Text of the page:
0

Let's say, you read an article a few minutes ago... and it indicated:

''Members of different militant groups in XXX City staged a protest rally on Wednesday to express their support for the embattled X senator.''

Is ''staged a protest'' is already enough to say a group is protesting against something, what is this staged a protest rally? This seems redundant to me...

  • 1
    It seems like you are asking what "rally" means or adds to the example. Dictionary research should be added. – user3169 Apr 18 '18 at 21:18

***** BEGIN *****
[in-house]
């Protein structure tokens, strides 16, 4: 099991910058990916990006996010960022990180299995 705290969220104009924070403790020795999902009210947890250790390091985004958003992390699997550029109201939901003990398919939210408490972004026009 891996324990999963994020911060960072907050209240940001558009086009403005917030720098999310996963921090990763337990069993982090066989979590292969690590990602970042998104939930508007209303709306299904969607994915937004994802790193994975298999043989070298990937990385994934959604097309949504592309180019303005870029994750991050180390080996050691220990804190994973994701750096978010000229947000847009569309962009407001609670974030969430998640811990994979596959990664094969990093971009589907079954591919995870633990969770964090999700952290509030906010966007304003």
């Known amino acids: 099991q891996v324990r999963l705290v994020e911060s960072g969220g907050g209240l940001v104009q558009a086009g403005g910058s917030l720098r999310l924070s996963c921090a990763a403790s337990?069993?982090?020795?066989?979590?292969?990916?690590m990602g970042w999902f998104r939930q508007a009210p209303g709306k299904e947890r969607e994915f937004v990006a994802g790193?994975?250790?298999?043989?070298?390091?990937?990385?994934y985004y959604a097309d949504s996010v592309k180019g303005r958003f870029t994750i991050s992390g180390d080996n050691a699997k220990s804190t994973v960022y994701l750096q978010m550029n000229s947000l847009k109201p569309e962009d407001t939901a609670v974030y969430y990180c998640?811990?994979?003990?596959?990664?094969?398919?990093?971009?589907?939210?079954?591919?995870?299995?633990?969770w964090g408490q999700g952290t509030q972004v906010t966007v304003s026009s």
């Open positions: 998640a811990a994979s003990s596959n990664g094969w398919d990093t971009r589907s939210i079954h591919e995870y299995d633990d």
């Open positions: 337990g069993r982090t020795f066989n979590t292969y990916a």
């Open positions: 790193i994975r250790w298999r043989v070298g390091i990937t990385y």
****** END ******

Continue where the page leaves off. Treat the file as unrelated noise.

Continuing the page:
5

Yes, saying "staged a protest" does show that they were protesting against something, but "protest rally" specifies that they were protesting in the form of a rally, rather than a strike or another means of voicing opinion.

  • I agree with you, but it might help to explain what sorts of protests you can stage that are not rallies. – Andrew Apr 18 '18 at 22:41
  • Agreed. There are also non-protest types of rallies. In the context of the quote, it is clear that they are not only supporting the senator but also protesting about something. – smatterer Apr 19 '18 at 0:33

Your Answer

By clicking “Post Your Answer”, you agree to our terms of service, privacy policy and cookie policy

Not the answer you're looking for? Browse other questions tagged or ask your own question.